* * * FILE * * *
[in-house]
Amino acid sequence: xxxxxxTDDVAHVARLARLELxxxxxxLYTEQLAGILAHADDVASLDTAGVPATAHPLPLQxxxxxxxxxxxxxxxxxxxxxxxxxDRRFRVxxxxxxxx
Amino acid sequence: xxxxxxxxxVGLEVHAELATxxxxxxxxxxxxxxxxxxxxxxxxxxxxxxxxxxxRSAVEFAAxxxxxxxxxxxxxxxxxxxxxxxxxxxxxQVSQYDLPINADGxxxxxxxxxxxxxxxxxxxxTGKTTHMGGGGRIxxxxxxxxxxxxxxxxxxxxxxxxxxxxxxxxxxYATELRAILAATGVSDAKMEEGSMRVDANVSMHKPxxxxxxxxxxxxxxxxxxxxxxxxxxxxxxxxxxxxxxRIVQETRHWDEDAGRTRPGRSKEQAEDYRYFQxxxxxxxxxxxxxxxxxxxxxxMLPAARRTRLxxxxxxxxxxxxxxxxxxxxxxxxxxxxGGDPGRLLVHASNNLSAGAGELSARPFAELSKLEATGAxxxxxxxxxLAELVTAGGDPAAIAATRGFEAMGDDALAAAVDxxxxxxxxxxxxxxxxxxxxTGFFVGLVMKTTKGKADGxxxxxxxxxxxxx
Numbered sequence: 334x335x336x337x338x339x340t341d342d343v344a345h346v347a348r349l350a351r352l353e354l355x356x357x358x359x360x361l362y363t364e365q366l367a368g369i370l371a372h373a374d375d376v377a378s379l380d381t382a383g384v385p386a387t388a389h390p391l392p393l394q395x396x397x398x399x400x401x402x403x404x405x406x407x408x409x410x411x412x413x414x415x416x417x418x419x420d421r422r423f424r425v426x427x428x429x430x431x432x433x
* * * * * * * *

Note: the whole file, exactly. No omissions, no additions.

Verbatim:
[in-house]
Amino acid sequence: xxxxxxTDDVAHVARLARLELxxxxxxLYTEQLAGILAHADDVASLDTAGVPATAHPLPLQxxxxxxxxxxxxxxxxxxxxxxxxxDRRFRVxxxxxxxx
Amino acid sequence: xxxxxxxxxVGLEVHAELATxxxxxxxxxxxxxxxxxxxxxxxxxxxxxxxxxxxRSAVEFAAxxxxxxxxxxxxxxxxxxxxxxxxxxxxxQVSQYDLPINADGxxxxxxxxxxxxxxxxxxxxTGKTTHMGGGGRIxxxxxxxxxxxxxxxxxxxxxxxxxxxxxxxxxxYATELRAILAATGVSDAKMEEGSMRVDANVSMHKPxxxxxxxxxxxxxxxxxxxxxxxxxxxxxxxxxxxxxxRIVQETRHWDEDAGRTRPGRSKEQAEDYRYFQxxxxxxxxxxxxxxxxxxxxxxMLPAARRTRLxxxxxxxxxxxxxxxxxxxxxxxxxxxxGGDPGRLLVHASNNLSAGAGELSARPFAELSKLEATGAxxxxxxxxxLAELVTAGGDPAAIAATRGFEAMGDDALAAAVDxxxxxxxxxxxxxxxxxxxxTGFFVGLVMKTTKGKADGxxxxxxxxxxxxx
Numbered sequence: 334x335x336x337x338x339x340t341d342d343v344a345h346v347a348r349l350a351r352l353e354l355x356x357x358x359x360x361l362y363t364e365q366l367a368g369i370l371a372h373a374d375d376v377a378s379l380d381t382a383g384v385p386a387t388a389h390p391l392p393l394q395x396x397x398x399x400x401x402x403x404x405x406x407x408x409x410x411x412x413x414x415x416x417x418x419x420d421r422r423f424r425v426x427x428x429x430x431x432x433x